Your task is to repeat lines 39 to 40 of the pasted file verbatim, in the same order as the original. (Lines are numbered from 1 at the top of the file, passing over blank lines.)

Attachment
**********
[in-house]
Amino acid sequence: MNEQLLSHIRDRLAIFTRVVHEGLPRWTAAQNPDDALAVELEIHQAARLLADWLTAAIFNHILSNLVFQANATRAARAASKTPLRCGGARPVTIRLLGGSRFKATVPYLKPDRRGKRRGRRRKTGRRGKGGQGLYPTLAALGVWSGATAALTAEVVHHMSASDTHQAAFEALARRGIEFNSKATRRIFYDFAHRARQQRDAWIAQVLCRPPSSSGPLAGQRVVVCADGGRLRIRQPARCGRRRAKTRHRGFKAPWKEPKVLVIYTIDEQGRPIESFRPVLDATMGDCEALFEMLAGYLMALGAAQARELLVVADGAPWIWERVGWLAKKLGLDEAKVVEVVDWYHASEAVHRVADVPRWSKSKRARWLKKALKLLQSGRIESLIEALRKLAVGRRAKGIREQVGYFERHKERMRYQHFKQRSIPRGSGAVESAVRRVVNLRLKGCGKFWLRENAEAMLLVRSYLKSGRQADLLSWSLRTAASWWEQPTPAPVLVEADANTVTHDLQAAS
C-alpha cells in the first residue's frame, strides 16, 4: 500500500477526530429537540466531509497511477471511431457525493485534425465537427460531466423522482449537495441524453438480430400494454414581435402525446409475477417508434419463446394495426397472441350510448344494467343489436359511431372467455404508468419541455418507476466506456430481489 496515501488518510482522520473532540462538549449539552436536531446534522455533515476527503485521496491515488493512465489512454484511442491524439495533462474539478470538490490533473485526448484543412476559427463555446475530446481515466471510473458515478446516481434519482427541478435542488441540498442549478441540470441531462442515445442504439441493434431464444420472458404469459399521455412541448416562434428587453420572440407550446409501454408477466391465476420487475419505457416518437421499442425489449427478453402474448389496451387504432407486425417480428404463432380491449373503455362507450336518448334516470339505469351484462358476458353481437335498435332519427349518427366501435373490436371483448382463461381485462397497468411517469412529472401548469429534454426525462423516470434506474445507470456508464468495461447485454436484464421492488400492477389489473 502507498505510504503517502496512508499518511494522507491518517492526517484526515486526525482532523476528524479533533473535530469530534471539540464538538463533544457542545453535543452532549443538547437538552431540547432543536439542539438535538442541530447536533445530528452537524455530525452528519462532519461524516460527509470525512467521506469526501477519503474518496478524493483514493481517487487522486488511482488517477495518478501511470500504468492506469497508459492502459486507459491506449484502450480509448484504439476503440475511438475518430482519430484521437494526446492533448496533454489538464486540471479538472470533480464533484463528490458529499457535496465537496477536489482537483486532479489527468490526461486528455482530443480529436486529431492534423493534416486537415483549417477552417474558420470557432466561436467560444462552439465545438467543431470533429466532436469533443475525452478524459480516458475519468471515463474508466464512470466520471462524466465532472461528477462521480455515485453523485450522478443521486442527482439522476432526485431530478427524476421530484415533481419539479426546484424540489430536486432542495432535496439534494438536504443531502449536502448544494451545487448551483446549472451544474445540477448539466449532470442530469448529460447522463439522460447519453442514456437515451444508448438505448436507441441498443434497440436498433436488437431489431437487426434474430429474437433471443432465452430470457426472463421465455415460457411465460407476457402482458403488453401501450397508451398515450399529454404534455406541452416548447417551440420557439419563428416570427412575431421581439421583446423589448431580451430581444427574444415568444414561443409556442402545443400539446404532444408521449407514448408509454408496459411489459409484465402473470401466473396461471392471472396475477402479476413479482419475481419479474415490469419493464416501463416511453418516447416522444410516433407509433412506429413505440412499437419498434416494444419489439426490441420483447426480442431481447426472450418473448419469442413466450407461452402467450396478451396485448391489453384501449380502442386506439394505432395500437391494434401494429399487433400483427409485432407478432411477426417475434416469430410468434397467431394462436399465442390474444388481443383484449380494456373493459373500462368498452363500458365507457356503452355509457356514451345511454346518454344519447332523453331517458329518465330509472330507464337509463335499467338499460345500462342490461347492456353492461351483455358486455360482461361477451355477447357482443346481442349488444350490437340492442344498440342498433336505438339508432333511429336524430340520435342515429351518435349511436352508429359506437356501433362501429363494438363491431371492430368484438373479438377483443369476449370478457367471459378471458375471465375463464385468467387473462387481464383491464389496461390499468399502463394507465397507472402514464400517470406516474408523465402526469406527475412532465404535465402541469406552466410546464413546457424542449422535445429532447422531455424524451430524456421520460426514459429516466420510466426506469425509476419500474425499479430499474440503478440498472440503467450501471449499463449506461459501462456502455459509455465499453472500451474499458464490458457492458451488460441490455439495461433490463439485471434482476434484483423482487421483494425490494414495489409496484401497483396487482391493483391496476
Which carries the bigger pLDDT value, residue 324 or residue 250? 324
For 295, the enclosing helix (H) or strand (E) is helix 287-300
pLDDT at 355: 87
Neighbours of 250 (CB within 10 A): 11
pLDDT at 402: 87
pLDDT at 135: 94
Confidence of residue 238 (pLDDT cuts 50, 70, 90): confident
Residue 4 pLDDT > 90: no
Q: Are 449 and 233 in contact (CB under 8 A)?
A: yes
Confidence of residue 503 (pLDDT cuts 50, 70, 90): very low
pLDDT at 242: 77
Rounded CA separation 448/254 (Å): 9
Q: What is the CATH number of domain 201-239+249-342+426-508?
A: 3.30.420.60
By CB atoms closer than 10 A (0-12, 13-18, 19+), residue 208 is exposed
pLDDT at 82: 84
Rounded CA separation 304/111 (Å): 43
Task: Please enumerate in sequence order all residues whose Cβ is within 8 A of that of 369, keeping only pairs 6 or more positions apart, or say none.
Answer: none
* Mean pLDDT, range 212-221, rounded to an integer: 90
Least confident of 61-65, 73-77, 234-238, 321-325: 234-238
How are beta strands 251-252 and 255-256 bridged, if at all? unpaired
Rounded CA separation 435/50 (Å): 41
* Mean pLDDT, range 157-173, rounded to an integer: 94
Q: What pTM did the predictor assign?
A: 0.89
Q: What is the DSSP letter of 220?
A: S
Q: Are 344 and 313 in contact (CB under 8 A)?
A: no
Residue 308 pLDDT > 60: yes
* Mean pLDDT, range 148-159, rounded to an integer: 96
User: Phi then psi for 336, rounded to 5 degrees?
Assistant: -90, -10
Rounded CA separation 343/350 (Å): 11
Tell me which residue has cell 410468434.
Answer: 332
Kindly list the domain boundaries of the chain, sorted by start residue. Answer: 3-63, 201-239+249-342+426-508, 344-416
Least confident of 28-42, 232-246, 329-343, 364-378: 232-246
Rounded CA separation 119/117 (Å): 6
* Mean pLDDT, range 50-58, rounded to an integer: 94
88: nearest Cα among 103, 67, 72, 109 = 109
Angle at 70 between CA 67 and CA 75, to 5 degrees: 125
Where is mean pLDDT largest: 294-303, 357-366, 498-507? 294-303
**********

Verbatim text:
Rounded CA separation 343/350 (Å): 11
Tell me which residue has cell 410468434.